Looking at the market for IT and engineering services right now reveals that companies are in a spending dilemma. They face high demand for these services, yet they look to cut back on spending because they are concerned about a possible recession. The strategies large companies are already putting in place to address this dilemma are changing the marketplace dynamics. Here is an overview of what your company needs to understand about these strategies.
The Indian IT industry, which has been facing macroeconomic challenges, might witness a further slowdown in BFSI (Banking, Financial Services, and Insurance) deals due to the recent collapse of Silicon Valley Bank (SVB).
Peter Bendor- Samuel, CEO of Everest Group, told TNIE that the direct impact of the SVB crisis on the Indian IT industry will be modest but the indirect could be more significant. In case of direct impact, this is going to have a negative effect on the high-tech customers, particularly the smaller start-ups.
By working together, employers, training institutions, the government, and other stakeholders can create a sustainable and inclusive impact sourcing movement in India that empowers the rural population and drives overall social transformation. Read on to learn about the benefits of impact sourcing and the role each group can play to advance this powerful business practice.
My eyes were fully opened to the transformative impact social organizations can have on rural populations as a first-time attendee to Development Dialogue 2023, an international gathering of diverse sectors with the common purpose of creating sustainable solutions, organized by the Deshpande Foundation in Hubli, Karnataka, India.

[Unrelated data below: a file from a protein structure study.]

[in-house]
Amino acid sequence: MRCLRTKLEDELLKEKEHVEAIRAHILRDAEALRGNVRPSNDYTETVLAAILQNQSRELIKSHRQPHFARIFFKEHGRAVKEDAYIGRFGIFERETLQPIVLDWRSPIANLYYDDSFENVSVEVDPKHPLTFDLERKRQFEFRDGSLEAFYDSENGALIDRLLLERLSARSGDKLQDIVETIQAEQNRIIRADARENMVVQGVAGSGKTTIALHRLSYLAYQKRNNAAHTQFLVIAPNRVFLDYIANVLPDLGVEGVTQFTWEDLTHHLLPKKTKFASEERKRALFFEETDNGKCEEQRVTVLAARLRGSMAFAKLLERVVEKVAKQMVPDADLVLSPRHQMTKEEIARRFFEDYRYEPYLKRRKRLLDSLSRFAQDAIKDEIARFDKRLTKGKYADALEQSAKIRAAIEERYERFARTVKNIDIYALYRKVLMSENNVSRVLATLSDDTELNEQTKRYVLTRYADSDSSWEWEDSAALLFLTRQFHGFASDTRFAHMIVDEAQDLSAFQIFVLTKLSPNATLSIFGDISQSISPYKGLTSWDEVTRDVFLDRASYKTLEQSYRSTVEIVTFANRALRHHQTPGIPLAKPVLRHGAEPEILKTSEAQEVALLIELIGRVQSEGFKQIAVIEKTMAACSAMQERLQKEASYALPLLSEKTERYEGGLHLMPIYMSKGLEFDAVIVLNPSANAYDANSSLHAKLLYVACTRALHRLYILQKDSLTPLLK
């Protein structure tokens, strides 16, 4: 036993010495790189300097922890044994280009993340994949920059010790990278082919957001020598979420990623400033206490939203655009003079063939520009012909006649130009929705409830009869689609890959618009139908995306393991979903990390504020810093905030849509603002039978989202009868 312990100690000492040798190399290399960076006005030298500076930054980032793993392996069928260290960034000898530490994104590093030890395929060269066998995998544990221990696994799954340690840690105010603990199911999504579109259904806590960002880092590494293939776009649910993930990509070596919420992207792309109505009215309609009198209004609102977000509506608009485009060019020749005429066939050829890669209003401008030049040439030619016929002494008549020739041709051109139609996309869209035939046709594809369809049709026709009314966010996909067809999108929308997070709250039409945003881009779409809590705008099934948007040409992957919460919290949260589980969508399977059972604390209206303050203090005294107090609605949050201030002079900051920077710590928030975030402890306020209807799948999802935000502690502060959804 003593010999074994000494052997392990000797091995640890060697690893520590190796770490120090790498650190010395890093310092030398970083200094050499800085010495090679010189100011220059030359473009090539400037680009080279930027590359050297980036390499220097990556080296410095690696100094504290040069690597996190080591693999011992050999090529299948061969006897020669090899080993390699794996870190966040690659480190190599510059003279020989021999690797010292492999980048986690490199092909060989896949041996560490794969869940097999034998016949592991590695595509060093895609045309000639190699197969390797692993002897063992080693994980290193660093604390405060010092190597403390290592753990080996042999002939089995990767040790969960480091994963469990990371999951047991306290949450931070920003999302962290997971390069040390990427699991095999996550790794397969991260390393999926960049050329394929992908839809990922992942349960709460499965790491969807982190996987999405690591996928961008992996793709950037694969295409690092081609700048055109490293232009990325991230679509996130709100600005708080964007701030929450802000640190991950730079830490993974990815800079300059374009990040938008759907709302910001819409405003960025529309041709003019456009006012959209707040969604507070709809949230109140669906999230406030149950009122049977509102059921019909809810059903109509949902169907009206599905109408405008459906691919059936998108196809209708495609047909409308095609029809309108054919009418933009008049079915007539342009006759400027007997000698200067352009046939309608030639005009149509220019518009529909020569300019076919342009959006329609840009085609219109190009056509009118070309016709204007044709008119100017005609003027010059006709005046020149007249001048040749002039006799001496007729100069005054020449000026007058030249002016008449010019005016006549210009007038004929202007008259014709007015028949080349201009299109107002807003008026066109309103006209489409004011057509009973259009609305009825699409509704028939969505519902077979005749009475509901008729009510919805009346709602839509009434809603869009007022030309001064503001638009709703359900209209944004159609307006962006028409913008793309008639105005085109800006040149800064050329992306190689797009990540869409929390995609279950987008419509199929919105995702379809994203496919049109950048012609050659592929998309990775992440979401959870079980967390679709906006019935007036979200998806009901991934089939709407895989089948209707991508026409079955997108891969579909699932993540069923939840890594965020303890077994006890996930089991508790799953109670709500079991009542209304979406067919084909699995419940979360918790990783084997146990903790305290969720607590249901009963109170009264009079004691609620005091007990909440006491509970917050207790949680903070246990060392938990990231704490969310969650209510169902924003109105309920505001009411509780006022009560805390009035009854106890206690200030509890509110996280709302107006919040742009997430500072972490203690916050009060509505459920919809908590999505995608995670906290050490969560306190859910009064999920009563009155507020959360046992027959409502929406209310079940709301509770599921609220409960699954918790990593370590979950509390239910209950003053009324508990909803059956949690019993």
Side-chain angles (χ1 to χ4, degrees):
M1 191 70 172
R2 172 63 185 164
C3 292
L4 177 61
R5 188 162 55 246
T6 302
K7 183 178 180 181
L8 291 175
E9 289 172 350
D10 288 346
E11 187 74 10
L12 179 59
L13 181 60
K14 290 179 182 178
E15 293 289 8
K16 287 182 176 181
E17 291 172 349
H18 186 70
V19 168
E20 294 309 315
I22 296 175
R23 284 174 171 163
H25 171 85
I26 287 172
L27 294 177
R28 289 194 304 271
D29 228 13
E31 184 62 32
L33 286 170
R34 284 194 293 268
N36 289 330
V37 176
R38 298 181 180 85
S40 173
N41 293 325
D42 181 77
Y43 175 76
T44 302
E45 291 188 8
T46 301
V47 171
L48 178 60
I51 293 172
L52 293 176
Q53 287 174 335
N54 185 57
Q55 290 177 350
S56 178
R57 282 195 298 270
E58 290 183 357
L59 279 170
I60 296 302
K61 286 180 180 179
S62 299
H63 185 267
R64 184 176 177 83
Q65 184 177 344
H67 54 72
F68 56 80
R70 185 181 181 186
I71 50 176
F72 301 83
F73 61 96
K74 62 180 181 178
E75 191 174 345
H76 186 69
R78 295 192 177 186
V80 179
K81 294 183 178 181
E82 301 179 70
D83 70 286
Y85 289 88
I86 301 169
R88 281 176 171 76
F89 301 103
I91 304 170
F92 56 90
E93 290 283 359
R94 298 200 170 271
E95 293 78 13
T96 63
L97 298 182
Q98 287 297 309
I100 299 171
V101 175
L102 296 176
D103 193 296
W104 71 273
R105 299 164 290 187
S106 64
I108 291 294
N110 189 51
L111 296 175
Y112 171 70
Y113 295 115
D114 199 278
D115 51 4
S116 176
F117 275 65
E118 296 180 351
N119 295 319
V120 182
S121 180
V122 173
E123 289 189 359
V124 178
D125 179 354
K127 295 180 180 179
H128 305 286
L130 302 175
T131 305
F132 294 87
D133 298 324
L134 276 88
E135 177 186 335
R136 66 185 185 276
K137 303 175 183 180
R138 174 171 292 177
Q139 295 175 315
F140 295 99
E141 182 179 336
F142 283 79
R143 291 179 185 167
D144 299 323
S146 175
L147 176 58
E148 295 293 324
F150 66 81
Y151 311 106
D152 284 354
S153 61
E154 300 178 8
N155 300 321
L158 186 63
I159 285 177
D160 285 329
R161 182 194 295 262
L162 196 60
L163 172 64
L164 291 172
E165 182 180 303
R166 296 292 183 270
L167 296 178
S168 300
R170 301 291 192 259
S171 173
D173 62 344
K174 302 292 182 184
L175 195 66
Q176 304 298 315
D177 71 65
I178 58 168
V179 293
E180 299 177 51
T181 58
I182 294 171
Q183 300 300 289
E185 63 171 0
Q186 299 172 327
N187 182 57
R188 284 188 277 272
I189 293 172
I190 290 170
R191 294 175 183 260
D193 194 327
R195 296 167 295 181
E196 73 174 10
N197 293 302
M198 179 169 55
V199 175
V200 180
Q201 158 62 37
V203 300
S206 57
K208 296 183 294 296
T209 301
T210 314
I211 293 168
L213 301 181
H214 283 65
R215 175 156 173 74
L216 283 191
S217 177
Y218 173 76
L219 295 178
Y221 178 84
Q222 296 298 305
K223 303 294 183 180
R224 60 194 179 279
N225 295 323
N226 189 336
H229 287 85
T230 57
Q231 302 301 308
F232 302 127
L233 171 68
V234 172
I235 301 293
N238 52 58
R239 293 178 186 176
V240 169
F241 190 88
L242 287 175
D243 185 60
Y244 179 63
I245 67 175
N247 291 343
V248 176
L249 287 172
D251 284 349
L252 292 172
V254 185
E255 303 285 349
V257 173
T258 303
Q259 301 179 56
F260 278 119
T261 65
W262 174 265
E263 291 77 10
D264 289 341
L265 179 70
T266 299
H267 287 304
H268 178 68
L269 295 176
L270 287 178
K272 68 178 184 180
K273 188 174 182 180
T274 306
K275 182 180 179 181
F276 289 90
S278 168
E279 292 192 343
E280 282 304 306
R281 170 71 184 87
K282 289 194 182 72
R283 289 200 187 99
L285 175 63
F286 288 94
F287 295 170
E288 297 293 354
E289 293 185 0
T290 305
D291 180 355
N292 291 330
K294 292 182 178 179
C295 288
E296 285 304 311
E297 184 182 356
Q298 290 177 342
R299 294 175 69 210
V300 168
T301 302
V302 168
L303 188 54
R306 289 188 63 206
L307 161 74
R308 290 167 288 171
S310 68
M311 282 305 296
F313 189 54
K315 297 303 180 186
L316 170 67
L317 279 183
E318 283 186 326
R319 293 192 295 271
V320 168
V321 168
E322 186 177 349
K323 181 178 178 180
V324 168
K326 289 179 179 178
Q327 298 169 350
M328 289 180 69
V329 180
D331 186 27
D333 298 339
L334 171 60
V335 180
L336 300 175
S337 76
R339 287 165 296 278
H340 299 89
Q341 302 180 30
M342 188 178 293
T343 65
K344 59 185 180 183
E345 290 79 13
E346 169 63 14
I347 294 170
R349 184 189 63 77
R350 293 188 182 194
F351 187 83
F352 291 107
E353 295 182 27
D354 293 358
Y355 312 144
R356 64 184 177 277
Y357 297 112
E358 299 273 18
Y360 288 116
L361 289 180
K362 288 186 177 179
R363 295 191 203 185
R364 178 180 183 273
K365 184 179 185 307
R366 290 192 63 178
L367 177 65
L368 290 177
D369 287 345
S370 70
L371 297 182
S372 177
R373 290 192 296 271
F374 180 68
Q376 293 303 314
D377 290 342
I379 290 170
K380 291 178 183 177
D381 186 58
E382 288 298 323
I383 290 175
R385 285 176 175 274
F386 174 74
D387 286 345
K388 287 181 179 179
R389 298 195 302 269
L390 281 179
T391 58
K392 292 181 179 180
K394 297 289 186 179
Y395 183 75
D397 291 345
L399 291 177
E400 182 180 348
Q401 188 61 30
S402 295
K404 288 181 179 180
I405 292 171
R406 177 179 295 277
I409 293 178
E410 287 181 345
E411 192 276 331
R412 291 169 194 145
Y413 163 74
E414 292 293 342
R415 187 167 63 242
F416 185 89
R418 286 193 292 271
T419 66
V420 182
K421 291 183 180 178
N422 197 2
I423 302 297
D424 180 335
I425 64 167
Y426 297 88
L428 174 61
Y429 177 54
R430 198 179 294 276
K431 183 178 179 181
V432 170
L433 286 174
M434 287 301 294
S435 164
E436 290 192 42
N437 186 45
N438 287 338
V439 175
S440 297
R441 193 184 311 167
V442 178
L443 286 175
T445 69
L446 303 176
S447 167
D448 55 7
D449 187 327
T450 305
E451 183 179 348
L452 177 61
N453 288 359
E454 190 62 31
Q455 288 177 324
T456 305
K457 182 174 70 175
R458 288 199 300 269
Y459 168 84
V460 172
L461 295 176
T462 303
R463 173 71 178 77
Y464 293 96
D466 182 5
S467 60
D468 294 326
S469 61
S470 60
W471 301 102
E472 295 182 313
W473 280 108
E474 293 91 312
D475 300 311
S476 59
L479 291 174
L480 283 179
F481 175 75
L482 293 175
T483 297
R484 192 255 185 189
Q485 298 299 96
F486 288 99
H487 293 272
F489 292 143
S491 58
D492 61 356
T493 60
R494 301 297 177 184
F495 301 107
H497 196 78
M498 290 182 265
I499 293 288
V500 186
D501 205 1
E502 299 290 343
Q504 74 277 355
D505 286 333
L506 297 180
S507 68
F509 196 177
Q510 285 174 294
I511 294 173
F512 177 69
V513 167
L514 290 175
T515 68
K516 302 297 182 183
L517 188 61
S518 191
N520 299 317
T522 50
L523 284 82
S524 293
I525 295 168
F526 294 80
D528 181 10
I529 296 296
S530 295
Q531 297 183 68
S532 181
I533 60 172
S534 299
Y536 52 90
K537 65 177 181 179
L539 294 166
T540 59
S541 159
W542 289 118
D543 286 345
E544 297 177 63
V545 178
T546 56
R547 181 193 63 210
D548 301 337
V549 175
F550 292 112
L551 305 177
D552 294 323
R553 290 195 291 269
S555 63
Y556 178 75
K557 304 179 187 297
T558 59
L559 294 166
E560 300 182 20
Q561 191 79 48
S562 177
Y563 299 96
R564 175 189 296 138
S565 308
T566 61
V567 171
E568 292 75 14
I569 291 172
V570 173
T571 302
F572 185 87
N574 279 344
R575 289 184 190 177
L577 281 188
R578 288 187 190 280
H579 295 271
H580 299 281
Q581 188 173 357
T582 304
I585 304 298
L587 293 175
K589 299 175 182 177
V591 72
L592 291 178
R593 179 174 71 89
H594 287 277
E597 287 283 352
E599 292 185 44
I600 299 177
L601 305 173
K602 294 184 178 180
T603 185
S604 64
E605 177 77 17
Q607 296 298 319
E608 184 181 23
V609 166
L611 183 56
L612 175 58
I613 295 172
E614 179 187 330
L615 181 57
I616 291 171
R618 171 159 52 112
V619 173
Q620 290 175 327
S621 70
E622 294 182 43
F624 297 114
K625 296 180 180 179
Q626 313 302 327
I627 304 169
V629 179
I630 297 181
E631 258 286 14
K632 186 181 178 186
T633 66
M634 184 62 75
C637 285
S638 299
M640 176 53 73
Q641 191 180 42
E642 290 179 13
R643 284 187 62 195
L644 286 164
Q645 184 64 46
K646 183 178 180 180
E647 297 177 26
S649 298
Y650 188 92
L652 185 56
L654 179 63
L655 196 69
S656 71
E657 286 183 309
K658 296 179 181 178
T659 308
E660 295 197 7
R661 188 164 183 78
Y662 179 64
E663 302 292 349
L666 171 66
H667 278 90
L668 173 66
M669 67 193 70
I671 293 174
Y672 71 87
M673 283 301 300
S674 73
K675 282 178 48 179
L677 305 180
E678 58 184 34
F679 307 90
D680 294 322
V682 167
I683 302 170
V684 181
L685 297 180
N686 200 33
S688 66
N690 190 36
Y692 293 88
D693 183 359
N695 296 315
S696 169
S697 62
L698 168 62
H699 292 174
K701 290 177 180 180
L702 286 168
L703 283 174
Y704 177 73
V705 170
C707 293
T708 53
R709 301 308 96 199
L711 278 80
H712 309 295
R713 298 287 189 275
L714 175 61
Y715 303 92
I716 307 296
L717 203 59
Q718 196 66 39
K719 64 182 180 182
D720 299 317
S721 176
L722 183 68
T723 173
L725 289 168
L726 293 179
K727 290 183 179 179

While I had done some basic research on the foundation’s operations, I never expected to be surprised by the social impact on the local rural economic development from their work that includes farmer support, start-up and micro-entrepreneur programs, and a youth skilling initiative.
Hearing a 14-year-old girl from a small village near Hubli conversing in fluent English with tremendous confidence with dignitaries such as Infosys Founder N.R. Narayana Murthy and Founder and CEO of iMerit Radha Basu amazed me.
This was the moment I realized the real empowerment and impact that NGOs and organizations such as Deshpande Foundation have on the rural population. These enabling institutions educate and train the rural youth population with job-ready communications and technical skills to improve their employment prospects and advance impact sourcing in India.
What is impact sourcing?
Impact sourcing involves intentionally hiring and providing career development opportunities to people from marginalized communities. This business practice aims to meet objectives such as maintaining service quality and cost at parity with traditional Business Process Outsourcing (BPO) and Information Technology Service (ITS) providers, fulfilling Corporate Social Responsibility (CSR), Environmental Social Governance (ESG), and diversity objectives of both the business and their clients, and leveraging the unique assets of the target marginalized group.
Impact sourcing creates opportunities for such groups as economically-disadvantaged individuals, women, minorities, LGBTQ+ individuals, survivors of gender-based violence, persons with disabilities, veterans, military spouses, refugees, rural residents, and single parents.
Impact sourcing in India
As one of the fastest-growing economies in the world, India has rapidly expanded its metro cities and developing urban regions in recent years. Almost all higher education facilities and formal sector employment opportunities are concentrated in the metros or tier-I cities.
Meanwhile, more than 64% of the population resides in rural areas with limited growth options. BPO companies in metro and tier-I cities face a severe talent crunch due to high contact center agent attrition rates. Shifting urban BPO centers to rural areas not only reduces operational expenses but also provides job opportunities to the rural population.
To drive major social impact through inclusive hiring models, India needs to create a policy and institutional environment to improve employment opportunities for the rural population that includes the value chain’s three main stakeholders: government support, NGOs/training institutes, and employer organizations.